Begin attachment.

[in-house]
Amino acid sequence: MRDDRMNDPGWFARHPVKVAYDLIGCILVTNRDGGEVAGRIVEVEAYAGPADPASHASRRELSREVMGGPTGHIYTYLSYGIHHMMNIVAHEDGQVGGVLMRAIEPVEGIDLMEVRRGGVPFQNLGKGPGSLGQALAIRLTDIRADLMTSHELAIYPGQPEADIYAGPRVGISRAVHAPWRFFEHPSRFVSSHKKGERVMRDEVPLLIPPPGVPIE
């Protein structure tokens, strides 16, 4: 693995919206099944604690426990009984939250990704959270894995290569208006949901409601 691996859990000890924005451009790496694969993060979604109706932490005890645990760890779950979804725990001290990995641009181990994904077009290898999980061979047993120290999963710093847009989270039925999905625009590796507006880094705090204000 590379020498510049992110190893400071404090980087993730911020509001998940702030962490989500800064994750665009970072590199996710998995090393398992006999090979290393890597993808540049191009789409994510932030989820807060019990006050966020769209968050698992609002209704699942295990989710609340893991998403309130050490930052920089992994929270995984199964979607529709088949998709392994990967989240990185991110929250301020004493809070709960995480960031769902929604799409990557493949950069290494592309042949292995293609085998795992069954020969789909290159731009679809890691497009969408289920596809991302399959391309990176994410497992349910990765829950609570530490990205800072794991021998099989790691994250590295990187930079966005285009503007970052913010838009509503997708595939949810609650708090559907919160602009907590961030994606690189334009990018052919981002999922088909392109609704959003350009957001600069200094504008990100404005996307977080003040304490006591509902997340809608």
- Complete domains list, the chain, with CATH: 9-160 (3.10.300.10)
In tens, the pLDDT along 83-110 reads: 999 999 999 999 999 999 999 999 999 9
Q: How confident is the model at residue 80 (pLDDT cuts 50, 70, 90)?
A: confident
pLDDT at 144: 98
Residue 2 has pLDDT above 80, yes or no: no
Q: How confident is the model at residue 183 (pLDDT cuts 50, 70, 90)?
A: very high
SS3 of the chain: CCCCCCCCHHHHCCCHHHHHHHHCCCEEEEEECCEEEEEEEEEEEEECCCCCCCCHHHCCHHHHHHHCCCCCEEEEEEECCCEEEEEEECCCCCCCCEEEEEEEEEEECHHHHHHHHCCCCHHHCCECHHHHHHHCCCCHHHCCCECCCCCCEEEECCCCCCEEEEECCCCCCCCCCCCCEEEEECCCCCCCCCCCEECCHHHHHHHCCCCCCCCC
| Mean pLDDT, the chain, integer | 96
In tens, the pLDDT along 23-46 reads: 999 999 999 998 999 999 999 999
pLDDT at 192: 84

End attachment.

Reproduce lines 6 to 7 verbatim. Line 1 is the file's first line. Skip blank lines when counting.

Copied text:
Q: How confident is the model at residue 80 (pLDDT cuts 50, 70, 90)?
A: confident